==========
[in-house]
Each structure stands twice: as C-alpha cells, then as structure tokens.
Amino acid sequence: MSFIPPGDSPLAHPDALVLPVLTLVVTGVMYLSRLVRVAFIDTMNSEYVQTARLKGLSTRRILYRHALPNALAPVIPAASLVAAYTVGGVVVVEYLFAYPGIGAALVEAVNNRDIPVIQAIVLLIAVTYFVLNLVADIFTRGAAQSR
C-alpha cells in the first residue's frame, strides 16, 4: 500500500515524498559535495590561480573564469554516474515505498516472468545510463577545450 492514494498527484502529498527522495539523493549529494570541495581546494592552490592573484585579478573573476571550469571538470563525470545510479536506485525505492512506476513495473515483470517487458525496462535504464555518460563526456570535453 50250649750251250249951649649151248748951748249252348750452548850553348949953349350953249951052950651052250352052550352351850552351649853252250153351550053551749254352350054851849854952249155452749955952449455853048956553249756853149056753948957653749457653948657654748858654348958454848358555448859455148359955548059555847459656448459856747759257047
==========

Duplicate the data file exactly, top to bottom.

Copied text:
[in-house]
Each structure stands twice: as C-alpha cells, then as structure tokens.
Amino acid sequence: MSFIPPGDSPLAHPDALVLPVLTLVVTGVMYLSRLVRVAFIDTMNSEYVQTARLKGLSTRRILYRHALPNALAPVIPAASLVAAYTVGGVVVVEYLFAYPGIGAALVEAVNNRDIPVIQAIVLLIAVTYFVLNLVADIFTRGAAQSR
C-alpha cells in the first residue's frame, strides 16, 4: 500500500515524498559535495590561480573564469554516474515505498516472468545510463577545450 492514494498527484502529498527522495539523493549529494570541495581546494592552490592573484585579478573573476571550469571538470563525470545510479536506485525505492512506476513495473515483470517487458525496462535504464555518460563526456570535453 50250649750251250249951649649151248748951748249252348750452548850553348949953349350953249951052950651052250352052550352351850552351649853252250153351550053551749254352350054851849854952249155452749955952449455853048956553249756853149056753948957653749457653948657654748858654348958454848358555448859455148359955548059555847459656448459856747759257047